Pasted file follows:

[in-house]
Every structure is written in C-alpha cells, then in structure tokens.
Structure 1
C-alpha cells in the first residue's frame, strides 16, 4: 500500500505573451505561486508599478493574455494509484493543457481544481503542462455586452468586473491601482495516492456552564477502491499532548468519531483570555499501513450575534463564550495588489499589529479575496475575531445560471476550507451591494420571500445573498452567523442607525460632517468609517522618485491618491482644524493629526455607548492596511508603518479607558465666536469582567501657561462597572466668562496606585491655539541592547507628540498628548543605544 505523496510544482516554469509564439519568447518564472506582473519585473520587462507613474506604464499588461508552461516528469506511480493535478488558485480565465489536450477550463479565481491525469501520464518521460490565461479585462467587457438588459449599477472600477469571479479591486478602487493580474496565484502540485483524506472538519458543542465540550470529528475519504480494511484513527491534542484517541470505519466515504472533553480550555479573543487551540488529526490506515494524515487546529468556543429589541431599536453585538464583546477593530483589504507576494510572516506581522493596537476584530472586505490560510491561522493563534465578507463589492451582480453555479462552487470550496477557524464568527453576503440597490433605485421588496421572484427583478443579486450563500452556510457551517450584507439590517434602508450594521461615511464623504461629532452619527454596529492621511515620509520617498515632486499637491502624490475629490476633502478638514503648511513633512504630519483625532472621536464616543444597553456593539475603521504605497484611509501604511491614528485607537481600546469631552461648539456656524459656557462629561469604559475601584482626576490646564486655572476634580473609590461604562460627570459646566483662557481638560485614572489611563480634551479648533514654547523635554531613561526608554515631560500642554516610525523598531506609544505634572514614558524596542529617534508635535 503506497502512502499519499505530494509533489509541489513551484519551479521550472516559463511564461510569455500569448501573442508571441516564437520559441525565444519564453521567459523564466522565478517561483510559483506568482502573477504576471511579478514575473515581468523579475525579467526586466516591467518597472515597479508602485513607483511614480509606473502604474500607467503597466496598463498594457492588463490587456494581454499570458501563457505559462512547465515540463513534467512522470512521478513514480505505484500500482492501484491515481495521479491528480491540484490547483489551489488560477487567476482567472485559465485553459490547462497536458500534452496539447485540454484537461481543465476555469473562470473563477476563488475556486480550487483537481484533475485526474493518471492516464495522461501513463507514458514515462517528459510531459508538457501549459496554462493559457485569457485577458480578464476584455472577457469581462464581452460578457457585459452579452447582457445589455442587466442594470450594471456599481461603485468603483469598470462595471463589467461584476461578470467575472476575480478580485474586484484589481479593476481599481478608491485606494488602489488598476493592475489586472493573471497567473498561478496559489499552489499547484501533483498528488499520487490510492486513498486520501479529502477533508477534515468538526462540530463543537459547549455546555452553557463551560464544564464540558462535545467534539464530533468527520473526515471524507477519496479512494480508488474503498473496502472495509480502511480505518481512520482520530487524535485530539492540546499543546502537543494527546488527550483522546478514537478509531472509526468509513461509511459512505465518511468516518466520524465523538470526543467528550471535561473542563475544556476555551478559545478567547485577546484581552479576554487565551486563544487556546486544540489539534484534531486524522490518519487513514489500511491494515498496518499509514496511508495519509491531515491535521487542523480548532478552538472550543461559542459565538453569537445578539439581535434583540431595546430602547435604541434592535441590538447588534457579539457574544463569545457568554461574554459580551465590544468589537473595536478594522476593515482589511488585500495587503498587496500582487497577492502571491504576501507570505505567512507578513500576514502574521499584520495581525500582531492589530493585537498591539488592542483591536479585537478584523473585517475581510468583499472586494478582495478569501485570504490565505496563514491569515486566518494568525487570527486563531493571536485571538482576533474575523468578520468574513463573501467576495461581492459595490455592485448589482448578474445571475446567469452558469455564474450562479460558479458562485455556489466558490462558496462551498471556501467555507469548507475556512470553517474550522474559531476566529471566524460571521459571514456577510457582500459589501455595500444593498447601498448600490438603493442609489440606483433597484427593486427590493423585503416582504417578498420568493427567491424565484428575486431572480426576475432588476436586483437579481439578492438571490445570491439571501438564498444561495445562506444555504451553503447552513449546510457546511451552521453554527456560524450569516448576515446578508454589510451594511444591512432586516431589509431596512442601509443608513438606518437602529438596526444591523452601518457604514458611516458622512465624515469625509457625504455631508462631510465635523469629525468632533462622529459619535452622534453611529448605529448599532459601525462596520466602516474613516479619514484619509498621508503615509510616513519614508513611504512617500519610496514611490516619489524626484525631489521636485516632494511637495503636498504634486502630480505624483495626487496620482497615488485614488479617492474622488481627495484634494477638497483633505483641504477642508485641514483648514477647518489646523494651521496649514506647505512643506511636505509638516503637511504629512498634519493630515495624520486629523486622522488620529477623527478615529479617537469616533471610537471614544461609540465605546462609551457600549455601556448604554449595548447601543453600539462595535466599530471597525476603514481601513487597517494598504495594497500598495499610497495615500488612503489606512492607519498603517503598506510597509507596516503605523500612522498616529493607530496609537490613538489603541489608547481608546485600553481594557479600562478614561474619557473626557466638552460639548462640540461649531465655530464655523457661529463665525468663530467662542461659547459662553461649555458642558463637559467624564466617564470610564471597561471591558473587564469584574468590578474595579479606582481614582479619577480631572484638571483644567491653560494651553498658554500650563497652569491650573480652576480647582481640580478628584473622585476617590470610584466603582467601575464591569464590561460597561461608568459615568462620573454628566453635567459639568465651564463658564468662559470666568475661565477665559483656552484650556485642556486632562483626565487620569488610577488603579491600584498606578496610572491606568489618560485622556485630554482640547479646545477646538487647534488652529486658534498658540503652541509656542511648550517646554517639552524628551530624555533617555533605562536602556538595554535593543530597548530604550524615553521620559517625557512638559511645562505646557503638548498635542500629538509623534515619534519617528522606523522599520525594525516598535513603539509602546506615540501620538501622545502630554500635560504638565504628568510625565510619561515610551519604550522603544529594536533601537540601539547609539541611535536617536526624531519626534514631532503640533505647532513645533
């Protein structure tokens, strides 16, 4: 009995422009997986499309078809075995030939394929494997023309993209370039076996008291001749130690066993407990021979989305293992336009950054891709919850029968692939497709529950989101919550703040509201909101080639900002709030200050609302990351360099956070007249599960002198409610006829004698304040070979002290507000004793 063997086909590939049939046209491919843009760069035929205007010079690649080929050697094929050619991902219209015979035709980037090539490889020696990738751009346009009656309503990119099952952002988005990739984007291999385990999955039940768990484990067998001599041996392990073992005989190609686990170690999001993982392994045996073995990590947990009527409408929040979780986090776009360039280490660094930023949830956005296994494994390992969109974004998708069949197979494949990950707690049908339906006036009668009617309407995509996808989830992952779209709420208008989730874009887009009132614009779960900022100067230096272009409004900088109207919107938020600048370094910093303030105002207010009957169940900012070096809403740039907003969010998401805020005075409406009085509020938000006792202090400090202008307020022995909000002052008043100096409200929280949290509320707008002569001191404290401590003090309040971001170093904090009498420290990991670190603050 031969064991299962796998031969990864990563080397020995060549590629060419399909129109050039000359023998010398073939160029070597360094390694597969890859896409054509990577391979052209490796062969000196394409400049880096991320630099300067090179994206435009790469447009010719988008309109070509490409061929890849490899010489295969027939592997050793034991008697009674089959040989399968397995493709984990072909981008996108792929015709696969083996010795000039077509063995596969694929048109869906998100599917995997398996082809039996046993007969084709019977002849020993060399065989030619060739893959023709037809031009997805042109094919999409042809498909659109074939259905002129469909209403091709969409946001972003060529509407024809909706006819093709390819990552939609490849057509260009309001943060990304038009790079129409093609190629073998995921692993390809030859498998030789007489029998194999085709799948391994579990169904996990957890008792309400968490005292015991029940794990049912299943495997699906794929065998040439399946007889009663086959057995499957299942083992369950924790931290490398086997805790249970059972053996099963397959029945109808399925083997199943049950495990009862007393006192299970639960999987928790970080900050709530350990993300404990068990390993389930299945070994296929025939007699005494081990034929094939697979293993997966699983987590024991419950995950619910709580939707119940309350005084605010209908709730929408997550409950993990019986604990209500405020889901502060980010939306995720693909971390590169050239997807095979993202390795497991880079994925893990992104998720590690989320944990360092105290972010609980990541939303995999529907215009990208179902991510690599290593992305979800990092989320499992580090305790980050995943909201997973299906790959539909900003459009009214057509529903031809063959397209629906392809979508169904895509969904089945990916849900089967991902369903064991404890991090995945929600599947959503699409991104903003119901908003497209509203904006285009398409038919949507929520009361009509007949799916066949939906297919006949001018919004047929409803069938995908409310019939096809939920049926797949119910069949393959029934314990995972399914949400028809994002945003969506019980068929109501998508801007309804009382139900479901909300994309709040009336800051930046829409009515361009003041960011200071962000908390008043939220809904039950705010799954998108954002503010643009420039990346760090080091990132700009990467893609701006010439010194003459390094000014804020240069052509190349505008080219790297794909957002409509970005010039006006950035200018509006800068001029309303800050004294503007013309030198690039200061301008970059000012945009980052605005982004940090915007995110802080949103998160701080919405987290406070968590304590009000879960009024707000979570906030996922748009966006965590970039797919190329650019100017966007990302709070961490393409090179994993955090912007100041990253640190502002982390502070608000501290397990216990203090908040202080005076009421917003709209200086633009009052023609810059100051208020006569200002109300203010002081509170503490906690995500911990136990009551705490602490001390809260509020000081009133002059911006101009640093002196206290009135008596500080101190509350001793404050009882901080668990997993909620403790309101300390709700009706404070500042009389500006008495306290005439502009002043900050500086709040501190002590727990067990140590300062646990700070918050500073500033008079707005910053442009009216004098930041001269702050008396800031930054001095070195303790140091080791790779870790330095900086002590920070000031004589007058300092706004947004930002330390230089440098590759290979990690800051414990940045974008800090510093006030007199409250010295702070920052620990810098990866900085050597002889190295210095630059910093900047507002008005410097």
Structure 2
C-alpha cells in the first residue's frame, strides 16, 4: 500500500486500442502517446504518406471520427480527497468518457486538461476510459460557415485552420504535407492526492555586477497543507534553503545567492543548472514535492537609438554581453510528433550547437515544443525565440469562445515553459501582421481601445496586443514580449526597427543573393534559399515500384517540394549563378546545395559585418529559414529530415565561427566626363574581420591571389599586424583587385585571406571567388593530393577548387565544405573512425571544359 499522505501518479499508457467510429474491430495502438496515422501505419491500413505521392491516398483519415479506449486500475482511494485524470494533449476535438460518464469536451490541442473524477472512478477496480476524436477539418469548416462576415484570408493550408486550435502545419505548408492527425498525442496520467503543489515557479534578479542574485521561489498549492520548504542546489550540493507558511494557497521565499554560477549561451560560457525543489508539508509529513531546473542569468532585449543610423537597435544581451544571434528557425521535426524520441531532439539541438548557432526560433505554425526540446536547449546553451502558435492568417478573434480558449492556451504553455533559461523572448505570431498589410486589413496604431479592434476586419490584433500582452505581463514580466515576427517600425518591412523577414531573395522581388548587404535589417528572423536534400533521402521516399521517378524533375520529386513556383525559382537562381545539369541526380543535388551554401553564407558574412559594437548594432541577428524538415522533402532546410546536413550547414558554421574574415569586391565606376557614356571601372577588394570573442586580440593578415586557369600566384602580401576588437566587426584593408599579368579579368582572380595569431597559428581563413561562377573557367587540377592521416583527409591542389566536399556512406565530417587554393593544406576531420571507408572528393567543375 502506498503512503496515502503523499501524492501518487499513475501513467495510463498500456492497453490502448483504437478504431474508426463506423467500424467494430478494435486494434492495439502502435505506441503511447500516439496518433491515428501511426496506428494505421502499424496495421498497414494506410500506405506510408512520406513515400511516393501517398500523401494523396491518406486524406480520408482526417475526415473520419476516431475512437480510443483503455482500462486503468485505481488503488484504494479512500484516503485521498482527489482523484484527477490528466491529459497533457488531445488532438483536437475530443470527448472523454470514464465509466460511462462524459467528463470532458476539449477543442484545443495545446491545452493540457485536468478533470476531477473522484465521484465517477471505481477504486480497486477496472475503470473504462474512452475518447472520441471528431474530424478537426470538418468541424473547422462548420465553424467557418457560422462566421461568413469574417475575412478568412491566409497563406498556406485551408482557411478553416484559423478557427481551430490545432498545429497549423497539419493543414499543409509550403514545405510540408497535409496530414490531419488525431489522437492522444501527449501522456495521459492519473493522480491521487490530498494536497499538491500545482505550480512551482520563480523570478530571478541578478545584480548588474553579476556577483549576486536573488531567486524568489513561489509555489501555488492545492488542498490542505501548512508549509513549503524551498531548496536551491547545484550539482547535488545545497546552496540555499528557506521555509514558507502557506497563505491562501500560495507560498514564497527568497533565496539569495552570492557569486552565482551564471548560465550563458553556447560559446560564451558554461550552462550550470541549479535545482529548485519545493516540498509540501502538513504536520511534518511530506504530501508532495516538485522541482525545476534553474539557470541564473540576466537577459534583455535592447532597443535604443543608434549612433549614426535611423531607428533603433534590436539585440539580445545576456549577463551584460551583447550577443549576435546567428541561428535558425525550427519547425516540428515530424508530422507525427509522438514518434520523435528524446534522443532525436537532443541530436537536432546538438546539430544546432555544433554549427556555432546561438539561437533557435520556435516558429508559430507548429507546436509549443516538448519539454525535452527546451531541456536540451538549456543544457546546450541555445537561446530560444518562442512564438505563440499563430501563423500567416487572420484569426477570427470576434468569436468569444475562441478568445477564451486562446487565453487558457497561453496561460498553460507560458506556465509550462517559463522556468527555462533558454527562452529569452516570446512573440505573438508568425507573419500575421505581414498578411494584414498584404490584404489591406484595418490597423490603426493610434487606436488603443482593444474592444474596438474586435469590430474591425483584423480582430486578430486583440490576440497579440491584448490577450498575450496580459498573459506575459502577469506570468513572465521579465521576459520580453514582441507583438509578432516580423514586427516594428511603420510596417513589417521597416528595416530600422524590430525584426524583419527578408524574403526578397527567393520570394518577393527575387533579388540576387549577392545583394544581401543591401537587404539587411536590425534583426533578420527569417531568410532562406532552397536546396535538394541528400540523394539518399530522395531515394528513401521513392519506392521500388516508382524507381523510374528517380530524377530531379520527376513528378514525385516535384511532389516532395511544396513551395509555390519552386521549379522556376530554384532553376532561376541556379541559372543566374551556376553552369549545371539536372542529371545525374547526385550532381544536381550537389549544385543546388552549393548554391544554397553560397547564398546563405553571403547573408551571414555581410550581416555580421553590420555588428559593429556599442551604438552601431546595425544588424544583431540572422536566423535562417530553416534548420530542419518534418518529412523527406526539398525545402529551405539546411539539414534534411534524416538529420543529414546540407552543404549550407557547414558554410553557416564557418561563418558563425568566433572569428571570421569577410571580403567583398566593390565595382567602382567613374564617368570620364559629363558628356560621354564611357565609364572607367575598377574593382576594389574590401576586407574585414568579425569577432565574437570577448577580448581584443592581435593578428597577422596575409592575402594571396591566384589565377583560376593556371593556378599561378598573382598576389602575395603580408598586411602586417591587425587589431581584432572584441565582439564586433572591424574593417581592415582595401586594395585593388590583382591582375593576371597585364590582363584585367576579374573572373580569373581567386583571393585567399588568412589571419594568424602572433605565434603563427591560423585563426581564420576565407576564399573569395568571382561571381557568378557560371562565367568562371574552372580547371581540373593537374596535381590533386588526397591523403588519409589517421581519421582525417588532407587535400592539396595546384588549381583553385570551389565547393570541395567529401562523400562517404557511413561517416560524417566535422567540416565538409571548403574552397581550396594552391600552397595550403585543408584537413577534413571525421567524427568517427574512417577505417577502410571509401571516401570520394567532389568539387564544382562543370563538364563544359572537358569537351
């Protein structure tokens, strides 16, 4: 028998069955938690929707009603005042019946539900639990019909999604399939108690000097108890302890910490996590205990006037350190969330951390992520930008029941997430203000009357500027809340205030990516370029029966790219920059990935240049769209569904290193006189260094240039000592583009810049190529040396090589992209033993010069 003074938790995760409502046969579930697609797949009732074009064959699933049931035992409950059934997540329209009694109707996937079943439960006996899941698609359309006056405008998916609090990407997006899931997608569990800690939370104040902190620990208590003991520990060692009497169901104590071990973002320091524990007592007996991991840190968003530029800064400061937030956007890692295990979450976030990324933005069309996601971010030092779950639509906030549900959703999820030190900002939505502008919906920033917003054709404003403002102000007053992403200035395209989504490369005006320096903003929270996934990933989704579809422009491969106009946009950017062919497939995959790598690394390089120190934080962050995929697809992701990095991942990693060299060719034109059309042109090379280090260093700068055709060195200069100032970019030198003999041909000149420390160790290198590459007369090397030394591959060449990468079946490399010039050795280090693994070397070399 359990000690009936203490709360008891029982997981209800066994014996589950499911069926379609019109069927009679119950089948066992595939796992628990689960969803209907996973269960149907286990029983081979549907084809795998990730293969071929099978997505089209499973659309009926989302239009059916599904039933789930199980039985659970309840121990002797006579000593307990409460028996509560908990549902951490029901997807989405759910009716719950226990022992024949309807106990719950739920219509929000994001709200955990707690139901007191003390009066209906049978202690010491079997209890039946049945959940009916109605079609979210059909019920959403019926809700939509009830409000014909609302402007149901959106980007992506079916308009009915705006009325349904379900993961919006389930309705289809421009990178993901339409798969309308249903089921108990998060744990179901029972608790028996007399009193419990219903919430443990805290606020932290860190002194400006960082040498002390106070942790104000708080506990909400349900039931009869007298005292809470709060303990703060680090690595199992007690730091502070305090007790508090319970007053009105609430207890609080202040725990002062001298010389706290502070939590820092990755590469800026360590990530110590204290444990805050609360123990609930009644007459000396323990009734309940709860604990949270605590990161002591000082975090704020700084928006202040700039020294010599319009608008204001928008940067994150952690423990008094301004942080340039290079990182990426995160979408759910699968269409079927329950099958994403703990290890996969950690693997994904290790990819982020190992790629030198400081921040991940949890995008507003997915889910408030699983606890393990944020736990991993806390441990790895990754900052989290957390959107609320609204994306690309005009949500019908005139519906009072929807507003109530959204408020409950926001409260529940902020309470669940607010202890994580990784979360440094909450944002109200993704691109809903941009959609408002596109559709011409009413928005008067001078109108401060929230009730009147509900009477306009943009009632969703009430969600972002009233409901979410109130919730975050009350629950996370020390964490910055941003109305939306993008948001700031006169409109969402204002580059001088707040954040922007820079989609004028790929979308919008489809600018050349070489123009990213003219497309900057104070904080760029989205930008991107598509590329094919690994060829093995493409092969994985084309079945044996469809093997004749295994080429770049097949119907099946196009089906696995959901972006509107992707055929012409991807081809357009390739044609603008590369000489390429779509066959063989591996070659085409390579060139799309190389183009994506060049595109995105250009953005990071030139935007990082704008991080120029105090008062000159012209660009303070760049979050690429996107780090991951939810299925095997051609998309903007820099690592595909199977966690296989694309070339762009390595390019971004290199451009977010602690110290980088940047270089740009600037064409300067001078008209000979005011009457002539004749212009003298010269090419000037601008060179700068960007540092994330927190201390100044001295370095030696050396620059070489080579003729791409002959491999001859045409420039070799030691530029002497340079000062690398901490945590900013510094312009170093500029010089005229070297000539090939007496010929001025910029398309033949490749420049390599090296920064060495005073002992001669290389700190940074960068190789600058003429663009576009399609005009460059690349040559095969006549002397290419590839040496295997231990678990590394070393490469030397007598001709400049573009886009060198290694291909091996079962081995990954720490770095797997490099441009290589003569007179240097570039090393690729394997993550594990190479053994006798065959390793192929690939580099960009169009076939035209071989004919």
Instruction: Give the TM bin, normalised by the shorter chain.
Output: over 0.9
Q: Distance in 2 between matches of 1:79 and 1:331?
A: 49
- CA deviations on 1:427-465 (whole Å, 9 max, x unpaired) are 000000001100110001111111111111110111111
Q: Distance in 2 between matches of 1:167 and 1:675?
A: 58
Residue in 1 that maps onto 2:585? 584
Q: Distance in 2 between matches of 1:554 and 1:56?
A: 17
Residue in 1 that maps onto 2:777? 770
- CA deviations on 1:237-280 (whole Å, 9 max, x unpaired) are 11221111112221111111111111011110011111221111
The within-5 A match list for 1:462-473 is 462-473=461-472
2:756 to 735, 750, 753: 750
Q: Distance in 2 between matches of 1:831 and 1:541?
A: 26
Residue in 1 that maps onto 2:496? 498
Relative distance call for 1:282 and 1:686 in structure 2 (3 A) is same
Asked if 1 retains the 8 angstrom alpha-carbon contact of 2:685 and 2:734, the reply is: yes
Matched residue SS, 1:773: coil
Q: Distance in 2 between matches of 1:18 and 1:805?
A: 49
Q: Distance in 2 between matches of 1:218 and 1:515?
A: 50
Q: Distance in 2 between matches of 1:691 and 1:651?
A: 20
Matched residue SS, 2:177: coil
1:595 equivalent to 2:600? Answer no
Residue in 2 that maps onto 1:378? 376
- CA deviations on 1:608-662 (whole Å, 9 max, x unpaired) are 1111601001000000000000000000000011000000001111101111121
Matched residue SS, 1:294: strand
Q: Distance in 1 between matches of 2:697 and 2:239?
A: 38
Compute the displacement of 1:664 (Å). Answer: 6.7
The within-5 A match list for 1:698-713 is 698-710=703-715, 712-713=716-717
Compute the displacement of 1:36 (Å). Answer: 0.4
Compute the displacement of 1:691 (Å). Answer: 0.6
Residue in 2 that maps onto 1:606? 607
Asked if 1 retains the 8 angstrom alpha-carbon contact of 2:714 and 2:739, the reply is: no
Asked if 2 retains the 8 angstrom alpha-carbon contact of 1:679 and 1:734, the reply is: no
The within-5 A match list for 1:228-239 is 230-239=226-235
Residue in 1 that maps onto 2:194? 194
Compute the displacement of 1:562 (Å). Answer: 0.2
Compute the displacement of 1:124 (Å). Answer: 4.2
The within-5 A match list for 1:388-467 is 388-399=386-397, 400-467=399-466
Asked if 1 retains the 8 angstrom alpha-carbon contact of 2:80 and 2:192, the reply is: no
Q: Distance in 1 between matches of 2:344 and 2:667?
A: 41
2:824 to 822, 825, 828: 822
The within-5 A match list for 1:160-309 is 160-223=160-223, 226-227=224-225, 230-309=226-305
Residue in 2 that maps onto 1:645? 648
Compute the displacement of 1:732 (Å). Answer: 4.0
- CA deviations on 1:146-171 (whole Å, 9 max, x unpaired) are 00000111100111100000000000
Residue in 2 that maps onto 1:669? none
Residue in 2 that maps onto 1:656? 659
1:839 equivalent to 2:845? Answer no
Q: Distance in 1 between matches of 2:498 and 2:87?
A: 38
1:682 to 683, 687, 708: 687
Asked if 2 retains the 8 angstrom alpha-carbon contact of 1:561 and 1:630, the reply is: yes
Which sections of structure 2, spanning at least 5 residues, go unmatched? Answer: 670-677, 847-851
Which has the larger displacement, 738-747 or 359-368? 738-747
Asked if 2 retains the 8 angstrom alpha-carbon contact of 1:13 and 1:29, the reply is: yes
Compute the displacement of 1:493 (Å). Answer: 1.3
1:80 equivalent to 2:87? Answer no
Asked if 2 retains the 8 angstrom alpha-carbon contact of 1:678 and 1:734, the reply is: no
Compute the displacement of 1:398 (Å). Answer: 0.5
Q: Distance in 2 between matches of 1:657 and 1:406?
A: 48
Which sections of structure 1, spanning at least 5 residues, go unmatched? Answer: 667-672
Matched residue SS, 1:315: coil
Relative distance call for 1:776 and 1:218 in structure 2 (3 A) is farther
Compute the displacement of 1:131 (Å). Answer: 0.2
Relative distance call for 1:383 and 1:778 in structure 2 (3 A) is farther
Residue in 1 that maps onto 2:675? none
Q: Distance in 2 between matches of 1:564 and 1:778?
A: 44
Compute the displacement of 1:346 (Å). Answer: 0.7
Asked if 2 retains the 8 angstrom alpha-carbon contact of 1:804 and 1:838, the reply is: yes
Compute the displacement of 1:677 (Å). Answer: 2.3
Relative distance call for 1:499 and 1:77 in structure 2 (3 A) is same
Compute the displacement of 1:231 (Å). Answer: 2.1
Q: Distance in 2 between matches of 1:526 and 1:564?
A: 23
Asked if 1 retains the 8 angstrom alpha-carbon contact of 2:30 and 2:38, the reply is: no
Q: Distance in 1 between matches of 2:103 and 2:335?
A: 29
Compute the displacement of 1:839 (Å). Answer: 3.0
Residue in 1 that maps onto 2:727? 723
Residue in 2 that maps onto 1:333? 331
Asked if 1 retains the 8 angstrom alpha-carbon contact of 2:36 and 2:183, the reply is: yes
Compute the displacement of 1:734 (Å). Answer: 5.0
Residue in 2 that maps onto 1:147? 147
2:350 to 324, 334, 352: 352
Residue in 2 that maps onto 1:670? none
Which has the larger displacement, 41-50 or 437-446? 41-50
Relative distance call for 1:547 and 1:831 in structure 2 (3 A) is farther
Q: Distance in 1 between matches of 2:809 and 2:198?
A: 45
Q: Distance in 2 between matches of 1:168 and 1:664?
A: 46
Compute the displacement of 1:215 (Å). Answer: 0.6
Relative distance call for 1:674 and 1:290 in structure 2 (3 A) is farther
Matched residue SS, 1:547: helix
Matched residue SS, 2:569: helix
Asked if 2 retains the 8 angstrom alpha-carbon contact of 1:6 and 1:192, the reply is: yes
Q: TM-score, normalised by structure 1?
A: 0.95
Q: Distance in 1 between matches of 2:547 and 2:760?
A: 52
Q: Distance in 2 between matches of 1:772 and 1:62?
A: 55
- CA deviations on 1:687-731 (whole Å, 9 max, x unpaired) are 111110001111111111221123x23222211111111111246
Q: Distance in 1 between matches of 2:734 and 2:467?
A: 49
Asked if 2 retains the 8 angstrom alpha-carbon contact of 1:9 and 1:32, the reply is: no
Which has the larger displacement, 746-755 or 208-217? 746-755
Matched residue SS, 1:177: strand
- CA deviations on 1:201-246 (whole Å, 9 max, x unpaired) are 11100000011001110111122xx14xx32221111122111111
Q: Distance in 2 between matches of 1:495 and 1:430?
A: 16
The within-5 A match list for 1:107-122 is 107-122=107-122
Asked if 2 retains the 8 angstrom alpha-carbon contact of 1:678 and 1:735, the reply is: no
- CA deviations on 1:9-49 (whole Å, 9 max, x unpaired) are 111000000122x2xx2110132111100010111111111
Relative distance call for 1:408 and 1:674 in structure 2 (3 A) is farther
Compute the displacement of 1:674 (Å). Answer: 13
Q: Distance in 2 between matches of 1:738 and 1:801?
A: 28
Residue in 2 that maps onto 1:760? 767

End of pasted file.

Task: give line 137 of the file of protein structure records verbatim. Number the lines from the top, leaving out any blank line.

Residue in 2 that maps onto 1:760? 767